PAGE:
In another mantera the hunter is gathering his spiritual power in an attempt to neutralise spirits that dwell in the bodies of animals or trees. In the following the hunter declares that he is lifting the evil spirit of the deer so that he may easily overcome the animal:

Sirih lontar pinang lontar
Terletak di atas penjuru,
Hantu buta jembalang buta
Aku mengangkat jembalang rusa.
(Skeat 1965).

Some mantera verses are in fact full-fledged pantuns, but others are composite, with other necessary non-poetic elements included. When pantuns are used on such occasions they exhibit little difference from other pantuns. The following mantera for snaring the mousedeer was collected by Skeat in the last decades of last century, in Selangor: 

Sirih unta pinang unta.
Kerakap memanjat puar,
Pesan pada jembalang rimba
Kutu hutan suruh keluar.

Suruh keluar anak beranak
Suruh keluar bercucu.
(Skeat 1965).

The first quatrain is a full-fledged pantun, while the next two lines are added on to enhance the mantera, and spoken in a voice of a time-tested hunter. Besides overpowering animals and spirits the mantera also helps to drive away the source/cause of illnesses - stomach aches, in the case below. 

Lotong kekah ijuk tali
Aku menawar kembung segah
Kentut jadi.

Malam senak mudik ke limbung
Singgah mari rumah mak encik,
Menawar senak dengan kembung
Lantas turun ke kaki.

Turun bisa
Naik tawar
Aku menawar bisa perut.
(Hasan Junus and Edi Ruslan 1993).

The fantastic or surrealistic is more discernible in these mantera-charged lines, though the pantun itself often elects to include these elements as a show of metaphorical talent and prowess, not least to its adversaries. Here they are used to provide a link to the supernatural. However, it must be noted that that there is a great sense of respect and propriety in all the lines, as a kind of necessary decorum. 

Pantun in Narratives.

The pantun is exceptionally important in the narratives and art of narration. It seems to be very old and go back to oral tales like the Hikayat Malim Deman, Hikayat Malim Dewa and Anggun Cik Tunggal. On the other hand it is also found in oral stories newly collected, but have roots in the distant past, like those collected by Mustafa Mohd Isa, 1987. In Riau too this verse form is generally scattered throughout the many stories of the Nyanyi Panjang (long narrative songs) of the Aslian groups of Riau (Tenas Effendi 1997), Awang Belanga in Perlis (Mustafa Mohd Isa 1983) kaba in Minangkabau (Suryadi 1994) and kokoba in Kampar (Derks 1993), and finally even in the modern “kaba,” that makes use of contemproary situations and settings. In the story of the Lubuk Sikaping People (Suryadi 1993), for example, we find this narrative poem,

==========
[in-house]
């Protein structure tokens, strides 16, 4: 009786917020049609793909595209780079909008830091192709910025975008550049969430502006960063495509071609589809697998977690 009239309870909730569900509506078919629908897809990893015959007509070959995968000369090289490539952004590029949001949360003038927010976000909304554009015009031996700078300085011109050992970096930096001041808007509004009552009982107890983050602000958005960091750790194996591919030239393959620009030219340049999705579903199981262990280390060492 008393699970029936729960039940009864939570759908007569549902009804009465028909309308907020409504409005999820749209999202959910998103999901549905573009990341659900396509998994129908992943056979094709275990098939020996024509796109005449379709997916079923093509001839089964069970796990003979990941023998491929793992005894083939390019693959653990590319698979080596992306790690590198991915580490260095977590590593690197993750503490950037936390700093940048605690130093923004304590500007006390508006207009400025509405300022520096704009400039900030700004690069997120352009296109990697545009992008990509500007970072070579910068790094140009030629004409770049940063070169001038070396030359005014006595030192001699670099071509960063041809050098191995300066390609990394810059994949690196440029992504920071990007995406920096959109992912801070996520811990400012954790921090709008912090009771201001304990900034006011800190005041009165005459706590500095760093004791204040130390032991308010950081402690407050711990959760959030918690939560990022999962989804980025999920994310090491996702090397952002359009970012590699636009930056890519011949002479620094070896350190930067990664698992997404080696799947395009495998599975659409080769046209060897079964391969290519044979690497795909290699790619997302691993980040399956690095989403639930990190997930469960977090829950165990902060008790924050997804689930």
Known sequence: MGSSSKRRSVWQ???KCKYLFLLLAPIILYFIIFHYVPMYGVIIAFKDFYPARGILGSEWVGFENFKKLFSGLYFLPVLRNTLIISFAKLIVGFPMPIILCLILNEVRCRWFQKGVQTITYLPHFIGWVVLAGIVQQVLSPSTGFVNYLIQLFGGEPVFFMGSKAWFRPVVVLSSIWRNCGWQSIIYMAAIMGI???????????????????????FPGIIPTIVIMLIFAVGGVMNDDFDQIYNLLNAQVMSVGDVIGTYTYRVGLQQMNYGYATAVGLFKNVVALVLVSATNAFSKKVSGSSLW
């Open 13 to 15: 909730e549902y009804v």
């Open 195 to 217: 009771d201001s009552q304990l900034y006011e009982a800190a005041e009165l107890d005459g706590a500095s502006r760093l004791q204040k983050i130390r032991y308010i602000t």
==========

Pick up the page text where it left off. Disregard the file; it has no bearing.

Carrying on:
Dari Alai mudiak ka Ampang
Ka pulang ari la gak sanjo,
Ambo bapangkek kato urang 
Dek ambo ado nan taraso.
(Suryadi 1993).

In the oral stories the pantuns are to be found at strategic points in the tale itself, i.e. at the beginning, change of episodes, end of story, dialogue between characters and while the narrator is describing a character or an event. As an example we see these opening lines of the Nyanyi Panjang in the story of Bujang Tandomang. The narrator greets his audience and announces that he would open with the verses of the pantun, and implores that if he does err he should be corrected. Finally, in the last verse he names the title of the story to be told that evening.

Indang donai

Buah lakom di dalam somak
Padi seumpun ditimpo bonto,
Salamualaikum kepado sanak
Kami bepantun membukak ceito.

Indang donai

Padi seumpun ditimpo bonto
Kalau patah tolong togakkan,
Kami bepantun membukak ceito
Kalau salah tolong simakkan.

Indang donai

Pasang pelito di topi-topi
Pelito dipasang betali-tali,
Konang ceito di dalam ati
Citonyo Datuk Domang Serial.
(Tenas Efendi 1997).

The strategic use of the poem in the stories is also seen in Aceh, where it is included also in the opening lines of a hikayat or poetic narrative, as a khuteubah (sermon), or to announce the change of episode, as in the following excerpt of Hikayat Pocut Muhammad. The narrator informs that he has come to the end of the episode and now wants to shift to the story /episode of the Banta Muda.

Aneuk siwaih jipho u blang Anak rajawali ke sawah terbang 
Daruet canggan susah raya Belalang jangkung susah hatinya
Bah lon peuduek si’at ohnam Kisah saya ini cukuplah sekian
Lon kurangan Banta Muda. Saya alihkan cerita Banta Muda.

(Drewes in Imran, 1979:70)

In order to relate to the audience the narrator often changes gear in the middle of the narration and bursts into pantuns, which also often introduce more humour, emotions and teasing, in an act of reaching out to the different sectors of the audience. This is teasing in Dendang Pauh of the Minagkabau. The following line praises the host who has kindly invited the troupe,

Dari Alai taruih ka Jati
Ka baruah jalan ulak karang
Luriuh masuak ka jambatan,
Tando baralek paramisi.
Jauah jo ampia kawan datang
Karano budi basangkuitan.

These words praise the audience,

Rang tabiang ka lubuak bayo
Mambaok nyiru ka tapian,
Akie jo buyuang tibo pulo
Karano bodi basangkuitan.

Finally the end of the story is likewise neatly sealed with a pantun or two, as illustrated by this rhyme,

Cobalah siriah kuniang gagang
Nyo makan anak panyalinan,
Balun tairik labiah panjang
Bia jo saluang panyampaian.

(Suryadi 1991)

In the nazam and the syair, the monotonous four-line monorhymes are often broken up by the introduction of the pantuns, which again are awaited for their promise of humour, romance and play, which the other forms seldom offer in such a quantity. It is as though a new episode, structure or dashing character is introduced after a long while. It presents a welcome change of rhythm, order and ambience.

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Laman web ini disedia dan diselenggarakan oleh :
Sekretariat Pantun Antarabangsa, Universiti Sains Malaysia, Pulau Pinang.